The Department of Energy’s loan office on Friday conditionally approved a $189 million loan to support the build-out of a methane monitoring network in key oil-producing basins that would provide real-time data for tens of thousands of oil and gas sites, which it estimates could prevent the equivalent of at least 6 millions tons of carbon dioxide per year.
Houston-based Long Path Technologies will use the loan to deploy its Emissions Overwatch System across 24,000 square miles (62,160 square km) in several states. The technology uses lasers – placed on 50-foot (15-meter) towers – to monitor areas for methane leaks.
Unlike optical gas imaging, which takes less frequent measurements of methane, the Long Path system can continuously monitor 8-square mile (21-square km) areas, which could provide updates every two hours and notify operators in the event of a leak, according to DOE’s Loan Program Office.
Some of Long Path’s current subscribers include oil and gas firms like Conoco Phillips and pipeline company Williams.
The DOE said the loan is the latest commitment by the Biden administration to tackle methane, a potent, short-lived greenhouse gas that can leak into the atmosphere undetected from drill sites, gas pipelines and other oil and gas equipment.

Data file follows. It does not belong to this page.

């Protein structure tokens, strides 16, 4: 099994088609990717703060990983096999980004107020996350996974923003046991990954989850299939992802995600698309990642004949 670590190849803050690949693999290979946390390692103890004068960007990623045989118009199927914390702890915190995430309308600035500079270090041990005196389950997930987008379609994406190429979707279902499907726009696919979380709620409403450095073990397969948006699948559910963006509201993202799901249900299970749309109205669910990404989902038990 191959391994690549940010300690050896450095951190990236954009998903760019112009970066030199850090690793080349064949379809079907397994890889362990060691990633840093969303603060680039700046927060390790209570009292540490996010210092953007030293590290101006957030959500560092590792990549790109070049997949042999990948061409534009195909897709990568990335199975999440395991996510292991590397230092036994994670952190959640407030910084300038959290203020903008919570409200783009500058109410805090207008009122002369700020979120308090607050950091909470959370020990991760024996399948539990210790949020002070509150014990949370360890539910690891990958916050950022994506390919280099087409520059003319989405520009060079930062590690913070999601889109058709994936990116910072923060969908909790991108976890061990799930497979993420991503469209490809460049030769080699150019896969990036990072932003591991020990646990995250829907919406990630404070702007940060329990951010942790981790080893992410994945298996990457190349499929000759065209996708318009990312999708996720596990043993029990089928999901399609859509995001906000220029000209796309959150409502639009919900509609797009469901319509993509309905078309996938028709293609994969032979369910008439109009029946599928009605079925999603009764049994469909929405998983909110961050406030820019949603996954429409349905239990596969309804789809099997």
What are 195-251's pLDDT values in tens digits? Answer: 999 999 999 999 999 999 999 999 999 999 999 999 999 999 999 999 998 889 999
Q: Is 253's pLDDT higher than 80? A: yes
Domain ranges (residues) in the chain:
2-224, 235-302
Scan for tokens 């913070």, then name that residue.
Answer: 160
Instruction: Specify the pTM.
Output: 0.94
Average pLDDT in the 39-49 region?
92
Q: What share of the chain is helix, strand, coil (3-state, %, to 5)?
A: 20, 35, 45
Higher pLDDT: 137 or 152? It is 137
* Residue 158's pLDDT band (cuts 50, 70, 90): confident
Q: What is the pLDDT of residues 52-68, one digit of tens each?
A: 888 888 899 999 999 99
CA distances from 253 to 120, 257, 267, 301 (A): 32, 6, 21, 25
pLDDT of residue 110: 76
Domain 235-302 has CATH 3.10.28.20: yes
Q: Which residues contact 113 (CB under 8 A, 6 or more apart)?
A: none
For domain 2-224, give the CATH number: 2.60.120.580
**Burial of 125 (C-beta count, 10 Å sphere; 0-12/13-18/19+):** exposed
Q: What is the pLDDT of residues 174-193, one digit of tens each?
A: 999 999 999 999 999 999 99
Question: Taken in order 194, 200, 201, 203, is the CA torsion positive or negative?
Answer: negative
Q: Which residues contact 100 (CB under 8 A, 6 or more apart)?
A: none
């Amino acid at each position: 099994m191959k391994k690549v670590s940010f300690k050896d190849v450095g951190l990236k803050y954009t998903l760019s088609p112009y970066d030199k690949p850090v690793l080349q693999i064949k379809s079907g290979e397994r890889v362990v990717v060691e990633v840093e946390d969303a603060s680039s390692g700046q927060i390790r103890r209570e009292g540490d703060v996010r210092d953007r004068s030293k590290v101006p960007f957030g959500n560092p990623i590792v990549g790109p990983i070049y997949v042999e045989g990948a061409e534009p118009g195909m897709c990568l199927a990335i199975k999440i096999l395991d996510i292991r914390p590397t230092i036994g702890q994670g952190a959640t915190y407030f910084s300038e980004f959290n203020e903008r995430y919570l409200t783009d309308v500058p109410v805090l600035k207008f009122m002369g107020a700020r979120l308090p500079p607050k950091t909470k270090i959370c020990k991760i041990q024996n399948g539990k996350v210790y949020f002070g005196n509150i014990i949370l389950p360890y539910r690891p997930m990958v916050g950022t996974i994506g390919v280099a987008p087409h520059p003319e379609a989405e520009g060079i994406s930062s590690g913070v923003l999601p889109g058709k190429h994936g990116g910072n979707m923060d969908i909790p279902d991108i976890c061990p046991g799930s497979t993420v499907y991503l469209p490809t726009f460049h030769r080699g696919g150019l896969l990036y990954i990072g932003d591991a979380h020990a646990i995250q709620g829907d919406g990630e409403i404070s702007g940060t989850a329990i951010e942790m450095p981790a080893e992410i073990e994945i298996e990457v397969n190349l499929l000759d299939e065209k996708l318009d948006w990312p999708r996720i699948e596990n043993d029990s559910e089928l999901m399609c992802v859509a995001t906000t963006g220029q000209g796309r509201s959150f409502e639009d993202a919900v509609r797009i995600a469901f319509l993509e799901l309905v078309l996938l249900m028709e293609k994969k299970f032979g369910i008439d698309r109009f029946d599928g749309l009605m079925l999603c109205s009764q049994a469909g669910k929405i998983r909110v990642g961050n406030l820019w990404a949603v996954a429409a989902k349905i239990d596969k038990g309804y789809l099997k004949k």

Methane has more warming potential than carbon dioxide and breaks down in the atmosphere faster, so reining in methane emissions can have a more immediate impact on limiting climate change.
The U.S. Environmental Protection Agency last month unveiled regulations that would ban routine flaring of natural gas produced by newly drilled oil wells, require oil companies to monitor for leaks from well sites and compressor stations, and establishes a program to use third-party remote sensing to detect large methane releases from so-called “super emitters” in places like the Permian Basin.
(Reporting by Valerie Volcovici)